Did i aim to be the best that i could be?

Maybe the same thought limiting condition or reflex that keeps this me from investigating that internally prepackaged decision on choice of phraseology is also responsible for keeping buyer’s remorse at bay? This me that is I doesn’t know. And/or isn’t interested. Perhaps because I’m trying to get to the story? Is that all my lack of buyer’s remorse is suggesting? That I’ve moved on to a new story or imperative, and going back over past decisions is of little use in the next unfolding of life’s story?

Music and my eulogy What is life's story? standing in sunshine thinking image by Sunset Girl via Unsplash

And there is always the nagging of Voltaire’s Panglossian concept that I’ve perhaps taken too much of the world as being acceptable or OK, simply because I’ve failed to see the world as it truly is or because I’ve accepted the world as it is as representing the best that things can be? A part of me is chilled at the merest hint of my sharing old Pangloss’ outlook on life.

I’ve adjusted my head and hand position twice now, and my left hand is a little numb. Possibly because my raised and bent arm is reducing flow of blood? A quick adjust of the headphone pads reminds me just how tight these headphones are. And how humidity must be a touch high, as I felt a rush of cool on my ears as what I am assuming was a little sweat evaporated away as soon as the leather earpads were lifted. Still no urge to replace or “fix” that excessive tightness.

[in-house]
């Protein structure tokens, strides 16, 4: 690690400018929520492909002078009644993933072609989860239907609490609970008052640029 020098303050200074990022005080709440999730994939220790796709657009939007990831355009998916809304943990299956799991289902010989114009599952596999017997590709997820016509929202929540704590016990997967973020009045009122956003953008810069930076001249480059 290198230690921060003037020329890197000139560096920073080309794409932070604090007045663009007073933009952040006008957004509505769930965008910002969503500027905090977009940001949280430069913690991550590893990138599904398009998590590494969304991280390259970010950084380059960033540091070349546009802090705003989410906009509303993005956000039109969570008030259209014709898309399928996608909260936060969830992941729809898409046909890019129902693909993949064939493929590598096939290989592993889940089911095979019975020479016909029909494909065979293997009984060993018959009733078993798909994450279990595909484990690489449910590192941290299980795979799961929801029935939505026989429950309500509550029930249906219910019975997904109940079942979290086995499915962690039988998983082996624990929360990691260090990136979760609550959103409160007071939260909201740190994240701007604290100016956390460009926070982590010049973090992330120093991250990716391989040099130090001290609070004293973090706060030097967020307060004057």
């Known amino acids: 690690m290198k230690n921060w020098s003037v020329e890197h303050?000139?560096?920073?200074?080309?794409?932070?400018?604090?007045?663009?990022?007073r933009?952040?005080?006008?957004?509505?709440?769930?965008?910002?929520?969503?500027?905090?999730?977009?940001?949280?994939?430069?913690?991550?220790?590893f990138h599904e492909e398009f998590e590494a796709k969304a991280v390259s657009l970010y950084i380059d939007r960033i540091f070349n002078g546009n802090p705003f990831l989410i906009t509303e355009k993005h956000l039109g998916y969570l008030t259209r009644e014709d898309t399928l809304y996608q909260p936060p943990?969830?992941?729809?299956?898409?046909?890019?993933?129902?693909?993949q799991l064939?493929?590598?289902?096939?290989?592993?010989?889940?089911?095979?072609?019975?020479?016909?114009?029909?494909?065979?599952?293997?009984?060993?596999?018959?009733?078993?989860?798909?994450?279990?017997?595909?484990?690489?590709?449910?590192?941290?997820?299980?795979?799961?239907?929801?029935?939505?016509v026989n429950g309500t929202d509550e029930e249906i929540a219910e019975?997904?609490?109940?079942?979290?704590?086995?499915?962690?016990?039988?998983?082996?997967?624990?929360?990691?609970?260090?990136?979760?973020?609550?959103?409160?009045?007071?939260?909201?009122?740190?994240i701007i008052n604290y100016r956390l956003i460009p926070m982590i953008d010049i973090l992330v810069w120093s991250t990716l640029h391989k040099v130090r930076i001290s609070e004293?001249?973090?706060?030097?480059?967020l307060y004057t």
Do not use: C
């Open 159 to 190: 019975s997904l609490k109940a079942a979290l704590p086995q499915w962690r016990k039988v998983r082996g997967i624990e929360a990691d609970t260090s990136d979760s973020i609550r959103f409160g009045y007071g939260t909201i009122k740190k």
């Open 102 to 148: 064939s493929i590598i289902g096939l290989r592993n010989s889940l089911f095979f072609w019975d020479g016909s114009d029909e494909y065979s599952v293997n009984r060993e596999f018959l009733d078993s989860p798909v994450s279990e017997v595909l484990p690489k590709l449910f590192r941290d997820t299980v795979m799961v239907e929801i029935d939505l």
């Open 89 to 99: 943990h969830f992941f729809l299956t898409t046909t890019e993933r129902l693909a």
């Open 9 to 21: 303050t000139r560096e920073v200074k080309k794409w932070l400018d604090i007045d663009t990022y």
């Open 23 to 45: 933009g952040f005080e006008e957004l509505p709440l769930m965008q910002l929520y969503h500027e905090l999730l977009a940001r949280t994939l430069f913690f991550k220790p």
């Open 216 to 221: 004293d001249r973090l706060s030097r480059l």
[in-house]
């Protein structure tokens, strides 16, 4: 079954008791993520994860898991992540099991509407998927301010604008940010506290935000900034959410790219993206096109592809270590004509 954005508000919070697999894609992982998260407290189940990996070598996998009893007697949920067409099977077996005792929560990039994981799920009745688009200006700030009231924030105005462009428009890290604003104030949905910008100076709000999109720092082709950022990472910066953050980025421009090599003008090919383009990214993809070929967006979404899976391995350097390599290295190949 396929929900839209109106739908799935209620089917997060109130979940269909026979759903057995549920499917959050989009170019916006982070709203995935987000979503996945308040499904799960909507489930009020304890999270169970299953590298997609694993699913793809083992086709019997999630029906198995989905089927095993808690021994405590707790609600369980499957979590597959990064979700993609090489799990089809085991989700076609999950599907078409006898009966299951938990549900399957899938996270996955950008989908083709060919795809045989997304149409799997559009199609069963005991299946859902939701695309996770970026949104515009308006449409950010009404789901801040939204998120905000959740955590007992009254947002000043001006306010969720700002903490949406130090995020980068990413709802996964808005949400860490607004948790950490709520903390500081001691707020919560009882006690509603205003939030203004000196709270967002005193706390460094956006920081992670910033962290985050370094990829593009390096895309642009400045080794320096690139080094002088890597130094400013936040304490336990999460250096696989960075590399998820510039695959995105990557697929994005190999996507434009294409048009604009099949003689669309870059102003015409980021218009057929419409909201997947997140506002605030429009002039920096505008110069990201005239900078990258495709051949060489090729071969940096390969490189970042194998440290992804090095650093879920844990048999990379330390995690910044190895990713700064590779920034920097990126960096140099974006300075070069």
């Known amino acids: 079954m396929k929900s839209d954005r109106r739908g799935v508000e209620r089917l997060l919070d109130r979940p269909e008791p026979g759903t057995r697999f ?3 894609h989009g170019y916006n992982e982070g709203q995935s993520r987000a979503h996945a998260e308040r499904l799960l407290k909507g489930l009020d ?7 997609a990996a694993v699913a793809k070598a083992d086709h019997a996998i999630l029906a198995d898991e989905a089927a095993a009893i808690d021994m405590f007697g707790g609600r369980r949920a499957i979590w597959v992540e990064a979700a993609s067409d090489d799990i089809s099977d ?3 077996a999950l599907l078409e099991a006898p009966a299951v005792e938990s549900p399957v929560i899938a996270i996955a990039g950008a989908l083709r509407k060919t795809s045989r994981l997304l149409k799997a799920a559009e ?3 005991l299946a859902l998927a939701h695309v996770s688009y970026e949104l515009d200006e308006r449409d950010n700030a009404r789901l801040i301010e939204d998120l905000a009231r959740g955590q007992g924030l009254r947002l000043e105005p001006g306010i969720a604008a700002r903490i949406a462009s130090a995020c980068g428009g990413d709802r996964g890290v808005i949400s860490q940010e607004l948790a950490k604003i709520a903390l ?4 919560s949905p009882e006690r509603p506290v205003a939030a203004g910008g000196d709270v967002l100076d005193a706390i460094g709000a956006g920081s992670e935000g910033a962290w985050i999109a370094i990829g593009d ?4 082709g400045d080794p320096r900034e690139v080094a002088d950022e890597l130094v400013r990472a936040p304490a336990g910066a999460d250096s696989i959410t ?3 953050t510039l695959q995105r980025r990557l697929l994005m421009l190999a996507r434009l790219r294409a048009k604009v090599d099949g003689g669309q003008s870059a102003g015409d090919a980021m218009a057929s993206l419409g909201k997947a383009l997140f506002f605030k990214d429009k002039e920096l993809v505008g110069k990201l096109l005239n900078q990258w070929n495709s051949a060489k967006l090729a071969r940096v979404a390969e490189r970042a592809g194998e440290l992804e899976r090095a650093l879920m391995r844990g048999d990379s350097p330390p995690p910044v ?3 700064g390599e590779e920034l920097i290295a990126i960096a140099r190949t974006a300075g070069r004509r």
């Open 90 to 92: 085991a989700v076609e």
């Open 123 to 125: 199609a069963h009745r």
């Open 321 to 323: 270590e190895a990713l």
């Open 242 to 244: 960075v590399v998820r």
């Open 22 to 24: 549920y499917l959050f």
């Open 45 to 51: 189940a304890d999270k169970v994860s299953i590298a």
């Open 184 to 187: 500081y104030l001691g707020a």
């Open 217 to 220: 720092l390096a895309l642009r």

Music and me

I’m just going to put music on and soak in that float tank of sensuality that music can be for me.

Music and my eulogy - floating by Christopher Campbell via Unsplash

“Tell me something good” – Pink. Not exactly a float tank but those beats, and rhythms, and voices and drums and clapping hands and some sort of electronic distortion… They combine to wake my mind and stimulate thoughts and thinking.

“Can somebody find me someone to love” is lifting the hairs on my inside thigh – a tingling that won’t go away but crawls through my mind as much as my skin. A good feeling. Not sensual as such but immensely satisfying and wantable. A mood swing that doesn’t arc but instead lifts and moves in a roofless, open-walled elevator of emotions and feelings. And such is the mystery that compels me to ignore sleep, and instead commit this swag of concepts to word, even if not to paper.

And the eulogy?